In 1845, Baylor moved to Texas to live with his brother John in Ross Prairie near La Grange. He went to Rutersville College and later, through the influence of his uncle R.E.B. Baylor, he attended Baylor University at Independence, Texas. He worked for a short time as a clerk with the Commissary Department of the U. S. Army at the Alamo in San Antonio.

Gold fever took him to California in 1854. 1856 finds Baylor in San Francisco and a member of the “Vigilance Committee.” According to family letters, George could not find steady employment or strike it rich in the gold fields. By late 1859 he was back in Texas and living with his brother in Weatherford.

Baylor is reputed to have raised the first Confederate flag in Austin. He was commissioned a first lieutenant in Company H of the Second Cavalry, John Robert Baylor’s Arizona Brigade, and served as regimental adjutant before resigning to become senior aide-de-camp to Gen. Albert Sidney Johnston in August or September 1861. After Johnston’s death at the battle of Shiloh, Tennessee, on April 6, 1862, Baylor returned to Texas and was elected lieutenant colonel and commander of the Second Battalion of Henry H. Sibley’s army. When the battalion merged with the Second Cavalry regiment of the Arizona Brigade, Baylor was elected its colonel. He also commanded a regiment of cavalry during the Red River campaign of 1864 and was commended for gallantry at the battles of Mansfield and Pleasant Hill.

On April 6, 1865, at the headquarters of Gen. John B. Magruder in the Fannin Hotel in Galveston, Baylor quarreled with and killed fellow staff officerJohn Austin Wharton. Their fight was said to have been about “military matters,” specifically the reorganization of the Trans-Mississippi Department of the Confederate States. Wharton reportedly slapped Baylor’s face and called him a liar, whereupon Baylor drew his revolver and shot the unarmed Wharton. Baylor later said that the incident had a been a “lifelong sorrow” to him.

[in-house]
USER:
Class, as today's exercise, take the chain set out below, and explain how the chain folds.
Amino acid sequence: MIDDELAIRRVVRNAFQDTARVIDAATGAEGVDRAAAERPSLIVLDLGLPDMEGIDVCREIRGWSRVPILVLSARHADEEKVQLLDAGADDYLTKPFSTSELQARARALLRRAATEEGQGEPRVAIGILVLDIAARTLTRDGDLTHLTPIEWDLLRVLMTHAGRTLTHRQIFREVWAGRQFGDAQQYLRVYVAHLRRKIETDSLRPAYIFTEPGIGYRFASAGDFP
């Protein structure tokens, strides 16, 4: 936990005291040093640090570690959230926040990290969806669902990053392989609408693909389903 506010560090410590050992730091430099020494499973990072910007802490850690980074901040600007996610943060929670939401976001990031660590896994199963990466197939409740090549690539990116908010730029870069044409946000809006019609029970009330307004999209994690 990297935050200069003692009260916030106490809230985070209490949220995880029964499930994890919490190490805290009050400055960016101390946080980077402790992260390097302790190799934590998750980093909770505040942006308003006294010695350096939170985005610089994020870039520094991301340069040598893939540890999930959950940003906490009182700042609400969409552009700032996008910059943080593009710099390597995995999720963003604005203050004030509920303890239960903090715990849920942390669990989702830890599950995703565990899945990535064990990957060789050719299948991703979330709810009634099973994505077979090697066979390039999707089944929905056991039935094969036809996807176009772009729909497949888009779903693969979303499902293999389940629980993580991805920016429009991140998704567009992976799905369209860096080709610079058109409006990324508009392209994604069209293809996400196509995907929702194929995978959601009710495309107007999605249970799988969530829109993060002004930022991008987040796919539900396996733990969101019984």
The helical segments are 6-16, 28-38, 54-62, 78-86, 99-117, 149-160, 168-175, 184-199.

After the Civil War, when Lt. John B. Tays, commander of Company C, Frontier Battalion of Texas Rangers in El Paso, resigned to enter the customs service, Baylor was commissioned a first lieutenant and appointed to take his place. At this time, according to Walter Prescott Webb, Baylor “was in his prime, forty-seven years of age, six feet two inches, a fine type of the frontier gentleman. He had a fair education, a flair for writing for newspapers and an inclination to fill his reports with historical allusions.” Baylor left San Antonio on August 2, 1879, with his wife, two young daughters, and a sister-in-law, riding in an ambulance and with two wagons full of provisions and household goods, the latter including a piano and a game cock and four hens.

The caravan, guarded by Sgt. James B. Gillett and five other rangers, was forty-two days on the road to Ysleta, where Baylor established his headquarters. From there he opened his campaign against raiding Apaches, whom he often pursued beyond the Rio Grande, in cooperation with Mexican officials.